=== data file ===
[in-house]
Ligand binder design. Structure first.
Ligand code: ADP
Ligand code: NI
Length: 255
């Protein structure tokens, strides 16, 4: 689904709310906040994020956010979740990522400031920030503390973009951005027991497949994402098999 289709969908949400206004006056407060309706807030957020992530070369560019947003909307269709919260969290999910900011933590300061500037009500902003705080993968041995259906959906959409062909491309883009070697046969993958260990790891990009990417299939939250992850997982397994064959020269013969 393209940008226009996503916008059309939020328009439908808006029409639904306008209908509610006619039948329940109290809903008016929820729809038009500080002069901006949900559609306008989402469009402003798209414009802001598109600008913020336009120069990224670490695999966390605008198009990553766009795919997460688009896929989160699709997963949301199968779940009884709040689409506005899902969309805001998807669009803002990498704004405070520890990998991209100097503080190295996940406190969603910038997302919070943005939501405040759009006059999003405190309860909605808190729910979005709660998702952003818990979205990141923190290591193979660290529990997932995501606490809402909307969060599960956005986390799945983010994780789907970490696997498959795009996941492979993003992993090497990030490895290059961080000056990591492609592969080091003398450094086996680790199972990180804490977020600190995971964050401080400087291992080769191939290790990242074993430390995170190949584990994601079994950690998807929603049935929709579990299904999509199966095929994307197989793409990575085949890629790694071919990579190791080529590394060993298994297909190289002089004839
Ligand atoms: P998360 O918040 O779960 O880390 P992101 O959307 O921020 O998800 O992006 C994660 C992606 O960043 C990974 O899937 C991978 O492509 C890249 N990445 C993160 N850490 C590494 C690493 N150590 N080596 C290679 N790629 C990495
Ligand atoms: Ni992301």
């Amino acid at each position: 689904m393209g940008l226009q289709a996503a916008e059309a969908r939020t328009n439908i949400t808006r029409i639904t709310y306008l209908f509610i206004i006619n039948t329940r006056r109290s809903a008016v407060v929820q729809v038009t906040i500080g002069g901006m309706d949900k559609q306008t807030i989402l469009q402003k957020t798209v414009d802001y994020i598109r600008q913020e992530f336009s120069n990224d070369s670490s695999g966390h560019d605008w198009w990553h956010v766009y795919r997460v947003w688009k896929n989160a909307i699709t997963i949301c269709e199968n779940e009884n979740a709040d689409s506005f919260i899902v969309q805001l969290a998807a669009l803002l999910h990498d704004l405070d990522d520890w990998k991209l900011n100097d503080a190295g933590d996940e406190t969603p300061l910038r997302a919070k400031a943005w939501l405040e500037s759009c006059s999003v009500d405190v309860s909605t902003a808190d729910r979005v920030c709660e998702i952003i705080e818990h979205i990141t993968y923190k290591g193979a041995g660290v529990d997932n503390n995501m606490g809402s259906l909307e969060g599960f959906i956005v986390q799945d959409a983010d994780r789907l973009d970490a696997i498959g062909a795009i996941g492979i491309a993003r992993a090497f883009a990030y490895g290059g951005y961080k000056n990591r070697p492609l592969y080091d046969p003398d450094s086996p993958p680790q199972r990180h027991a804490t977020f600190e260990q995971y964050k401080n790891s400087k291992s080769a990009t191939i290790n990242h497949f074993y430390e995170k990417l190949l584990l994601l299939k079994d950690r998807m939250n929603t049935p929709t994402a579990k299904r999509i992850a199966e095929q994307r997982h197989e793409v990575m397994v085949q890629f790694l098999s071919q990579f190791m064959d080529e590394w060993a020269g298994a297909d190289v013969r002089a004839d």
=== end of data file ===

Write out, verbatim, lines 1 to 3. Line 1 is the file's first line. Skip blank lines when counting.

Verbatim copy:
[in-house]
Ligand binder design. Structure first.
Ligand code: ADP